By Daniel Hunter
The services sector grew steadily in the three months to November and robust growth is expected to continue into early 2015, according to the latest quarterly CBI Service Sector Survey.
Profits continued to grow in the consumer sector, aided by higher prices, whereas prices in business and professional services fell to their lowest since May 2013, meaning profits held steady.
Employment increased at its fastest pace for seven years in the business and professional sector, which includes accountancy, legal and marketing firms. The number of employees in the consumer services sector, which includes hotels, bars, restaurants, travel and leisure firms, also increased.
With skills shortages starting to bite, expenditure on staff training in the consumer sector rose to its highest level for 15 years, and is expected to remain strong. Training costs are also expected to increase in the business and professional services sector.
The survey of 191 firms revealed that investment rose across the sector, with capital expenditure on land and buildings in the consumer sector reaching its highest level since 2010. And in business and professional services spending on IT grew to levels not seen since February 2007.
Despite this, optimism about the business situation fell at the fastest rate across the sector since February 2013.
Rain Newton-Smith, CBI Director for Economics, said:
“Growth across the services sector is expected to continue into the New Year.
“And it’s good to see investment spending in IT at near record levels.
“But skills shortages are starting to bite, putting more of a break on investment and future growth in consumer services.
“Therefore the spending rise in training in the sector is particularly encouraging.”
Optimism regarding the business situation was at its lowest since February 2013, when the balance was +6%. This quarter 32% of firms were more optimistic against 6% who were less optimistic, leaving a balance of +26%
36% of firms reported business volumes as being up, compared to 5% who said they were down in the last quarter, leaving a balance of +30%, a slight increase on the previous three months (+25%). Expectations for the next quarter (a balance of +32%) are the lowest since August 2013 (+26%)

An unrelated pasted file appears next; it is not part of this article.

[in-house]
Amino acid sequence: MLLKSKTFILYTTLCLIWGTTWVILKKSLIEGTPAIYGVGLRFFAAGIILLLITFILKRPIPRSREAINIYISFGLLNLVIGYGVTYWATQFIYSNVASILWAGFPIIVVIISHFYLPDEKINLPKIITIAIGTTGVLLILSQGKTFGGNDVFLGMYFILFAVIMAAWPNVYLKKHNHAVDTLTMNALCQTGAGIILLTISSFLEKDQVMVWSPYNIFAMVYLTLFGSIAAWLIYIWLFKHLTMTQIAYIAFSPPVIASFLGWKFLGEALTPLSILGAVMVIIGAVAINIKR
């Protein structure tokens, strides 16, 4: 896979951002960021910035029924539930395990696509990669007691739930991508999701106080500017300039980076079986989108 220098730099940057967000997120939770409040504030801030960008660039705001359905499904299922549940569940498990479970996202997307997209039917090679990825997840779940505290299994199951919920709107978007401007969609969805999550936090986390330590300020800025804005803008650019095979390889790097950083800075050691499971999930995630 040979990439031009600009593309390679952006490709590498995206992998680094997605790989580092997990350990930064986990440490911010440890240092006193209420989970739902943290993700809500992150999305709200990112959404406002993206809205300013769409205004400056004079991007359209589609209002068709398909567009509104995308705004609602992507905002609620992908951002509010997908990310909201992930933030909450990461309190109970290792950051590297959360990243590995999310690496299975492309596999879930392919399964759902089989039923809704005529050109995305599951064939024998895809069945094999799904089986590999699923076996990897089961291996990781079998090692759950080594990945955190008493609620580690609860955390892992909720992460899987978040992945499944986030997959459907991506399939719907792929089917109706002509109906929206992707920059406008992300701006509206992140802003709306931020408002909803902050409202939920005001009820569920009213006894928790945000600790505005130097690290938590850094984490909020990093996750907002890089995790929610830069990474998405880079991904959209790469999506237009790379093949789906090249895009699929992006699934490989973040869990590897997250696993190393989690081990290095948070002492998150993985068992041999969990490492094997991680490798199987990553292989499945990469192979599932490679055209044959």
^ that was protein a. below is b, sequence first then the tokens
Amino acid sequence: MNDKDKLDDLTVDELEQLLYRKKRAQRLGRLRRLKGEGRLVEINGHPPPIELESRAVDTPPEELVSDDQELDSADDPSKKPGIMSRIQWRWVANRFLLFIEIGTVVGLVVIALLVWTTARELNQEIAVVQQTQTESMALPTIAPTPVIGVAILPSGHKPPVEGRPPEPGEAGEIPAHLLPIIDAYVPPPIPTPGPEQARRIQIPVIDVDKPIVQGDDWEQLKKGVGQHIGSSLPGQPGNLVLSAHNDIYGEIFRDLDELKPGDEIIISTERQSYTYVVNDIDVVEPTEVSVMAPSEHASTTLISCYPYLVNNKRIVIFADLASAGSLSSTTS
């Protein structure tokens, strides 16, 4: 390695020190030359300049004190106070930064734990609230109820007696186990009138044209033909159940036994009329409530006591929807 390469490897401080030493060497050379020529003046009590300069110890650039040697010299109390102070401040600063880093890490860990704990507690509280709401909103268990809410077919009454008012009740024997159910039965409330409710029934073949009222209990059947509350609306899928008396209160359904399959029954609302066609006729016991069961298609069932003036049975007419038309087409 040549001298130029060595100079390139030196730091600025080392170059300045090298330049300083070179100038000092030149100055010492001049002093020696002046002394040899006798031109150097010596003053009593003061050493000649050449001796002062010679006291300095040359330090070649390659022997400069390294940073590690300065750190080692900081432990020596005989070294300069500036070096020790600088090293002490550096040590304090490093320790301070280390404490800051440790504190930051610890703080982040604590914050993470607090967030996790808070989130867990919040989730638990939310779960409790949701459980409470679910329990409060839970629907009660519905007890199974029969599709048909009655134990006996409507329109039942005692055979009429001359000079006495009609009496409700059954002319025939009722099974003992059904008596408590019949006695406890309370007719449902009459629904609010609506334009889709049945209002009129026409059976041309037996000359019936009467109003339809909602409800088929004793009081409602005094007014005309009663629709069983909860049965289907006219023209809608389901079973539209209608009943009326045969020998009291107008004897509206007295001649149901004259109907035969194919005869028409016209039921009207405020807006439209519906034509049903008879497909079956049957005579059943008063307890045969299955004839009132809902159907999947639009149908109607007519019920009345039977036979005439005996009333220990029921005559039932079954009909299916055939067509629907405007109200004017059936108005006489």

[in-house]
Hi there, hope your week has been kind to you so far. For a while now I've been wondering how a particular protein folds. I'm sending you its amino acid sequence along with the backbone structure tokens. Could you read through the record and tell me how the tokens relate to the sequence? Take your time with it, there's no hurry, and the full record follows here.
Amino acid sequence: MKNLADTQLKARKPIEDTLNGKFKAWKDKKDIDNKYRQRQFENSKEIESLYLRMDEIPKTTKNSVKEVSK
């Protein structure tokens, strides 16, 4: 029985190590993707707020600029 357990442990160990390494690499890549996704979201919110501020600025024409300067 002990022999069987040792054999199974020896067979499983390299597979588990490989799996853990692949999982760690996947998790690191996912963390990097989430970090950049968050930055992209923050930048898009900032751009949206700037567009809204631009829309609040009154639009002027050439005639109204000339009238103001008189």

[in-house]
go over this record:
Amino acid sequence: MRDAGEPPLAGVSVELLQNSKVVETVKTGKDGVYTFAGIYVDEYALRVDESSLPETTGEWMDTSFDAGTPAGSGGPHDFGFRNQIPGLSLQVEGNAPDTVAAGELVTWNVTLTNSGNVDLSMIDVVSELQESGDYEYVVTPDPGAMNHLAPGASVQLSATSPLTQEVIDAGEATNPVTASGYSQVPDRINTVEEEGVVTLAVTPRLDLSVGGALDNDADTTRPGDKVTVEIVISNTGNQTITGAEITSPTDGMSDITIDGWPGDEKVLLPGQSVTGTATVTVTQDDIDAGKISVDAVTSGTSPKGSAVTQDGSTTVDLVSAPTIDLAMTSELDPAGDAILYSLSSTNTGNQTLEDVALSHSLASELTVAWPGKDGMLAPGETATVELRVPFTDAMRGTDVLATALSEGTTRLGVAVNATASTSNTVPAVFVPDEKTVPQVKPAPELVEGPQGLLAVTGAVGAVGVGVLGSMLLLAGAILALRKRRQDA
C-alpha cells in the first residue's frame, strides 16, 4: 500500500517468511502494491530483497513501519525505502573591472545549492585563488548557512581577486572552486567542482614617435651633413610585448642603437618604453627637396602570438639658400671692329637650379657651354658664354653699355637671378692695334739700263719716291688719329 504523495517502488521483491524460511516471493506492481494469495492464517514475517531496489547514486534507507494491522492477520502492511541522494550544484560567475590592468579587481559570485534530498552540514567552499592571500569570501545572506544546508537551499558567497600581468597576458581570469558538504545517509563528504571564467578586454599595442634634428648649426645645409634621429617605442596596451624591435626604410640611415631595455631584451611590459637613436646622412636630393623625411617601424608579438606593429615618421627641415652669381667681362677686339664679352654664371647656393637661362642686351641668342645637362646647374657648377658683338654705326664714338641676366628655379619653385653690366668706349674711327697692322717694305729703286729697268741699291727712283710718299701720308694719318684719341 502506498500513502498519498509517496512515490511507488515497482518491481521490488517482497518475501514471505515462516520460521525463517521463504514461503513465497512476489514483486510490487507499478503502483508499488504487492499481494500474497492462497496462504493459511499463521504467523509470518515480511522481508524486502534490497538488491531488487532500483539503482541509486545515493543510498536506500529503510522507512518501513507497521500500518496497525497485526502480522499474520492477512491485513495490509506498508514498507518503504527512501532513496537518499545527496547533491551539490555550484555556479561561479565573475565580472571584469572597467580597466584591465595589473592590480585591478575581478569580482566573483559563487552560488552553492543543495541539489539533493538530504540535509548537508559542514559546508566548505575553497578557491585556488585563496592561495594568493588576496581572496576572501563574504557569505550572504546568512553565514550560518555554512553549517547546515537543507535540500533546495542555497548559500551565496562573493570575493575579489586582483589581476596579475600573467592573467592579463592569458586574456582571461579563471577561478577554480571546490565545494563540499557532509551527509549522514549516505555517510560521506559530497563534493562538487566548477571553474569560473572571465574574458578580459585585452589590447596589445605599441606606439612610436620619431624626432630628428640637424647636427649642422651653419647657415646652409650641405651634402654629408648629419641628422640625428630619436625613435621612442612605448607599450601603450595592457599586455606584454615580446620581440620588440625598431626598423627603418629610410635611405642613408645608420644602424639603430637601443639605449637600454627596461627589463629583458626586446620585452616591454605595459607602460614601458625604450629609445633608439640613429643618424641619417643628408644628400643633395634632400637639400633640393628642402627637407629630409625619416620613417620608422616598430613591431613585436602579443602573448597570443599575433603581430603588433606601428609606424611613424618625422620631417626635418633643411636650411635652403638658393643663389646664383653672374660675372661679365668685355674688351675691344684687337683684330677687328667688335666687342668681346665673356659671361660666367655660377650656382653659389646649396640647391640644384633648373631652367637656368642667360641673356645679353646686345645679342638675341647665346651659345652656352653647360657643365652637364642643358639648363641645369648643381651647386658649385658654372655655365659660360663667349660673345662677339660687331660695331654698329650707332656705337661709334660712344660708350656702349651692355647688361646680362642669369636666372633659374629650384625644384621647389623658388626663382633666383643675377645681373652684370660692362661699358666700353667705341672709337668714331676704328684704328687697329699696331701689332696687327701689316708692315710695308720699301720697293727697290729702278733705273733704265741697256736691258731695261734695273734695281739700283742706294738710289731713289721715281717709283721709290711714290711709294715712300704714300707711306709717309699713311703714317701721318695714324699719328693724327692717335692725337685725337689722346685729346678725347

39% of firms said the number employed had risen, with 11% saying it was down, leaving a balance of +28%, significantly up on the last quarter, when (+5%). Expectations for the next three months remain strong (+25%)
Expenditure on training rose at its fastest rate since May 1999, when the balance was +41%. This past quarter 41% said spending on training was up, compared with 2% who said it was down, leaving a balance of +39%
Despite being identified as the most significant factor to limit business expansion in the year ahead, the level of demand (55%) was at its lowest level since May 2007 (42%)
Business and Professional Services
Optimism regarding the business situation hit its lowest level since February 2013 (0%), with 21% of firms said they were more optimistic than three months ago compared to 9% saying they were less optimistic, giving a balance of +12%
33% of firms said business volumes were up compared to three months ago, and 12% said they were down, giving a rounded balance of +22%. Growth has therefore ticked up steadily since August 2014 when the balance was +16%. Business growth is expected to remain robust over the next quarter.
49% of firms said the number of employees had increased in the last three months, with 7% saying they were down, giving a balance of +42%, a survey record high.
61% of firms expected the rate of business expansion to increase in the year ahead, with 37% saying they do not, giving a rounded balance of +25%, the lowest since May 2013 (+14%). The ability to raise funds, as a factor likely to limit firms’ ability to increase the level of business over the next year, fell to a balance of 10%, the lowest since August 2008 (5%)
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